One of the most important roles in nursing is patient education. We’ve moved firmly into an era where the patient plays a vital role on the healthcare team, and for good reason. Doctors can prescribe medicines, and nurses can administer those medications and educate their patients on what to do upon discharge, but without patients buying into the plan and being active participants, it’s all for naught.

Patient education is particularly important in the case of chronic disease management. For these conditions, there’s no quick fix. They require sustained treatment over time, and patients need check-ups to keep the diseases from becoming life-threatening. For patients to successfully manage those diseases, they have to learn about their illnesses and practice the treatments enough to be effective. For example, people who have recently been diagnosed with diabetes must learn to administer insulin and check their blood sugar.

Perhaps what’s most startling about chronic diseases in the U.S. is how common they are. According to the National Council on Aging, 80 percent of adults 65 and over have a chronic condition, and 68 percent have two or more. The 10 most common (among Americans 65 or older who have them) are:

  • Hypertension (58%)
  • High Cholesterol (47%)
  • Arthritis (31%)
  • Ischemic Heart Disease (29%)
  • Diabetes (27%)
  • Chronic Kidney Disease (18%)
  • Heart Failure (14%)
  • Depression (14%)
  • Alzheimer’s Disease and Dementia (11%)
  • Chronic Obstructive Pulmonary Disease (COPD) (11%)

For some of these chronic conditions, diet and exercise are common-sense routes to better management. For COPD and heart disease, quitting smoking is an obvious (though not always easy) measure, but it’s also recommended for treating high cholesterol.

But for some chronic conditions, a nurse’s knowledge will help patients get beyond basic, common-sense understanding of their conditions. For instance, in an article for Medscape by Dr. Anne Peters, titled “Helping Diabetes Patients Exercise Without Fear,” she cautions people with diabetes to not have too much insulin in their systems before they start to exercise — with the caveat that as they might be trying to lose weight, they won’t necessarily want to regulate insulin with diet alone.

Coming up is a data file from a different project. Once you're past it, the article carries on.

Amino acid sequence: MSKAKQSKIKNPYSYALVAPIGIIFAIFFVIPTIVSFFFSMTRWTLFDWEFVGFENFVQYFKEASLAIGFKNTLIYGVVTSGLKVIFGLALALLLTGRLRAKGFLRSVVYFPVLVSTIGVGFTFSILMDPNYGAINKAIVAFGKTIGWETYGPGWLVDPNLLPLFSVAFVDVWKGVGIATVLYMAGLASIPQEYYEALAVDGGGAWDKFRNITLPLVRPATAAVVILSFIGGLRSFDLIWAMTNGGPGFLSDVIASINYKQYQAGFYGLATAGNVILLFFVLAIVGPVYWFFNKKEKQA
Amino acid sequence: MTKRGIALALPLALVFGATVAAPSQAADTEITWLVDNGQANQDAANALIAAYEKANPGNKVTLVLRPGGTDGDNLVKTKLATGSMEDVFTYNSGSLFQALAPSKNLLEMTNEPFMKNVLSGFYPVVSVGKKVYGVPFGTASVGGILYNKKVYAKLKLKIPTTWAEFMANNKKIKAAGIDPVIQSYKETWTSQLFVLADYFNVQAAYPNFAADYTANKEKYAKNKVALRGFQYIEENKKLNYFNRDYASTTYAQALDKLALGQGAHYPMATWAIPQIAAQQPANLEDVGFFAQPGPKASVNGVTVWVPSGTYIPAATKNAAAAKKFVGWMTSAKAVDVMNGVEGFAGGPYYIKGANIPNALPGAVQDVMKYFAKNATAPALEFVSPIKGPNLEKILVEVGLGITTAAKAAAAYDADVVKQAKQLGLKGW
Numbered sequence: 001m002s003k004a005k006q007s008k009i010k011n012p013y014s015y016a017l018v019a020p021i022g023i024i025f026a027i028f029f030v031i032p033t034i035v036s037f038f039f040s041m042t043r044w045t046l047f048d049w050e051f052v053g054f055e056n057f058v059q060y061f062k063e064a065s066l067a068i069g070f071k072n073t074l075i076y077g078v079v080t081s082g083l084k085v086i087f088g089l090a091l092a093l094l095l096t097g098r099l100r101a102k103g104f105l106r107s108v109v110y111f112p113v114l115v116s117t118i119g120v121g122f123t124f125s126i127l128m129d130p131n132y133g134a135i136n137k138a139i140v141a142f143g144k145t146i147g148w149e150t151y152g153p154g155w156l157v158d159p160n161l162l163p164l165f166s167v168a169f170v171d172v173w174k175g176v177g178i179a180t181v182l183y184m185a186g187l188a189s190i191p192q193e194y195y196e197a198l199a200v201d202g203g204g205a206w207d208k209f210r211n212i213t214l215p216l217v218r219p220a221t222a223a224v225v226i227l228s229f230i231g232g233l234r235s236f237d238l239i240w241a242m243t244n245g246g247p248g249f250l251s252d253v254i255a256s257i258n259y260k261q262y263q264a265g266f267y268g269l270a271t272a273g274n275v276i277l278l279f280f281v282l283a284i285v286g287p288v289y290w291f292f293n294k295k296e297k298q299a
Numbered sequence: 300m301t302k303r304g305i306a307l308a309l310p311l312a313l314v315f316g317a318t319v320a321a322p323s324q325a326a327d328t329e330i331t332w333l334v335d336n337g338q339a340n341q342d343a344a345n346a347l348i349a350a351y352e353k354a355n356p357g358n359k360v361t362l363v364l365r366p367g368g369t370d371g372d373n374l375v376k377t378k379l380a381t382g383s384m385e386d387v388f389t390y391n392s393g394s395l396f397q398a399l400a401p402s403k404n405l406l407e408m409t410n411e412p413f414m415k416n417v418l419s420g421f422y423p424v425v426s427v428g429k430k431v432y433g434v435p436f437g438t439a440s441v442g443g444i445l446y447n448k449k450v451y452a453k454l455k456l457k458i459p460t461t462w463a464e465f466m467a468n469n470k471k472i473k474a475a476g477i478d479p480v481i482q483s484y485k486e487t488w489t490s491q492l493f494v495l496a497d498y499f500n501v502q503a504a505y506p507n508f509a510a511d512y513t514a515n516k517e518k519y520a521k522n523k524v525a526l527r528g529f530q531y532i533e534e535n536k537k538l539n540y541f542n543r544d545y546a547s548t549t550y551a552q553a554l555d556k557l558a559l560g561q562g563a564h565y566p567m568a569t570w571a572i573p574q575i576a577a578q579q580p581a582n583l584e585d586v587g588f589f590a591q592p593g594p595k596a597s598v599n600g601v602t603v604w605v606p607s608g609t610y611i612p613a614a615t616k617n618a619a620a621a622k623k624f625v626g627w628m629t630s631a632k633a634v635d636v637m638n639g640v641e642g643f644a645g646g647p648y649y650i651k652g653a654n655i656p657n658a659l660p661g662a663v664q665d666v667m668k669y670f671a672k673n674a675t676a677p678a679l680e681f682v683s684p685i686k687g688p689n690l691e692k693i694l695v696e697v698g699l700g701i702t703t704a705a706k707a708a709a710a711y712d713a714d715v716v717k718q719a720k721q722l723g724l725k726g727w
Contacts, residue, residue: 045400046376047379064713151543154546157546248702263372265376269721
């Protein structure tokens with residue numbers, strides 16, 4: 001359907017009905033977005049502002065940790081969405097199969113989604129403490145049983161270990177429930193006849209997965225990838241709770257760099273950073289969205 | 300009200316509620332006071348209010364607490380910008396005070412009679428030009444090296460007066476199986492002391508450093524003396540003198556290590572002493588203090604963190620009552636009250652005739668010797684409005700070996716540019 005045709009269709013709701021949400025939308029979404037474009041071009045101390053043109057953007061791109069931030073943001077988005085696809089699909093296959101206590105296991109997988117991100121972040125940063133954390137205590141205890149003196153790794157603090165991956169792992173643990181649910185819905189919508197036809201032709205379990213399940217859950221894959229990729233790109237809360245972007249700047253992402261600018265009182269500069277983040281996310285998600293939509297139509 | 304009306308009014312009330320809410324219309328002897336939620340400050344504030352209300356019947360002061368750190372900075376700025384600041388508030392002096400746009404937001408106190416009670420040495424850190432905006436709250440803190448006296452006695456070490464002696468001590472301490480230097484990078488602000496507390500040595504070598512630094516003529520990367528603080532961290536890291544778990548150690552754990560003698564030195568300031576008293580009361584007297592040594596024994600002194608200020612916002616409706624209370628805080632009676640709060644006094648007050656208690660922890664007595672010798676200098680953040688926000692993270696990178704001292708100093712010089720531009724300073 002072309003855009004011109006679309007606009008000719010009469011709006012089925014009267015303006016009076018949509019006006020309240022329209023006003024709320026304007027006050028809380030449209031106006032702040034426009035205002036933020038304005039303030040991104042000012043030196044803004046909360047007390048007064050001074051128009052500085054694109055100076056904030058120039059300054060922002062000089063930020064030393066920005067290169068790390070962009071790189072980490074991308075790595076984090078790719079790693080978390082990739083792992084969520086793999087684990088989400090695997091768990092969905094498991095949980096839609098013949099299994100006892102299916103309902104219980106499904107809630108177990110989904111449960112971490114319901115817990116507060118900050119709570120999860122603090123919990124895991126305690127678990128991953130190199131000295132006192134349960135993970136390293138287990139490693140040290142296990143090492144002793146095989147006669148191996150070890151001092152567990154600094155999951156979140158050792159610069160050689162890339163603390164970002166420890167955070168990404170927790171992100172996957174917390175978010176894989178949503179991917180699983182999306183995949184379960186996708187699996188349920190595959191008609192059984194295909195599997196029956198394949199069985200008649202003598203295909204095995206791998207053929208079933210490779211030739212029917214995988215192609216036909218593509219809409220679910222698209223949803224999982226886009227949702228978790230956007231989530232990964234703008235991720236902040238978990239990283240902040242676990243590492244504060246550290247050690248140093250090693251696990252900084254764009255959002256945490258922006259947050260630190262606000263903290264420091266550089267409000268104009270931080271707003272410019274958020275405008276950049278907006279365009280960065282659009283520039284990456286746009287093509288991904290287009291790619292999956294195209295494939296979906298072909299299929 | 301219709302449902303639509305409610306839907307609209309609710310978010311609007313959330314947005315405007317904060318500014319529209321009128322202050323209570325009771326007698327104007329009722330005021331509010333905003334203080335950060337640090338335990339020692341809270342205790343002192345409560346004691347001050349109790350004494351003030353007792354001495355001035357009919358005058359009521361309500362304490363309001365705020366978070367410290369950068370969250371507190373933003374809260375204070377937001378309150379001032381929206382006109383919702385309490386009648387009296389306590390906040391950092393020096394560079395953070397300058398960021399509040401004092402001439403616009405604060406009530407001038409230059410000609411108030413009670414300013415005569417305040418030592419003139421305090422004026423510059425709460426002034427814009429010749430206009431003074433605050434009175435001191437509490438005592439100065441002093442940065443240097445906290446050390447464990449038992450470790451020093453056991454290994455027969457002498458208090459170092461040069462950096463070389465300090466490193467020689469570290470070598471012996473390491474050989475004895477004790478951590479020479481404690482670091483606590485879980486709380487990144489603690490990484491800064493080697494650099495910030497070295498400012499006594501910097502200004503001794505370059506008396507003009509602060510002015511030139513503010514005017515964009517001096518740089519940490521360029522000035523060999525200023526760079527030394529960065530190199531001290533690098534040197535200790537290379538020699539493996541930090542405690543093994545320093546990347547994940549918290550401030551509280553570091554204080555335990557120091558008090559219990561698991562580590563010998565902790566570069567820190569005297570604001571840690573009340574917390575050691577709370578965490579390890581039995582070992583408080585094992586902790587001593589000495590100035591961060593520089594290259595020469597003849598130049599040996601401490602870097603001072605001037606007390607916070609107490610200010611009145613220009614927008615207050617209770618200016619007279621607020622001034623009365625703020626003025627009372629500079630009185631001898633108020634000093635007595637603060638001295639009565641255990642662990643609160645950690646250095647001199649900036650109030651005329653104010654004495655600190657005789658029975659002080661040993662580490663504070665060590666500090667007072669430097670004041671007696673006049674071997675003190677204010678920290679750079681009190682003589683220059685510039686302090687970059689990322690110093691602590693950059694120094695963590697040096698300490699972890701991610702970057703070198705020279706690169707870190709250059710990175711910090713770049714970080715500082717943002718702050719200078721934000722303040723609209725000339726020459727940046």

She provides specific guidelines: 15 to 30 grams of carbohydrates for every 30 minutes of exercise, with a post-exercise cooldown and possible insulin dosing and additional carbohydrate intake. This knowledge is not so common for all patients, so it is crucial for doctors and nurses to stay current on recommended treatments and encourage their patients to exercise, eat and medicate appropriately.

Because so many patients have more than one chronic disease — perhaps with a specialist overseeing the treatment of each disease — it’s helpful to have a team approach to educating patients to help them manage their chronic diseases.

According to an article in the July/August 2014 edition of Nursing Economic$, “The challenge of addressing the needs of patients with multimorbidities has led to interventions that focus on the patient rather than the disease. The greatest success has been found among programs that use a collaborative team-based approach to care management.”

Because nurses oversee how multiple doctors’ orders are implemented, they are particularly important members of that team. An RN with a BSN is best-equipped to handle that responsibility, having the research experience and the more holistic approach that comes with a BSN preparation.

The large number of American seniors with two or more chronic conditions make BSN-prepared nurses especially important in helping them manage their conditions to maintain a high quality of life.

Learn more about Eastern Michigan University’s RN to BSN Online.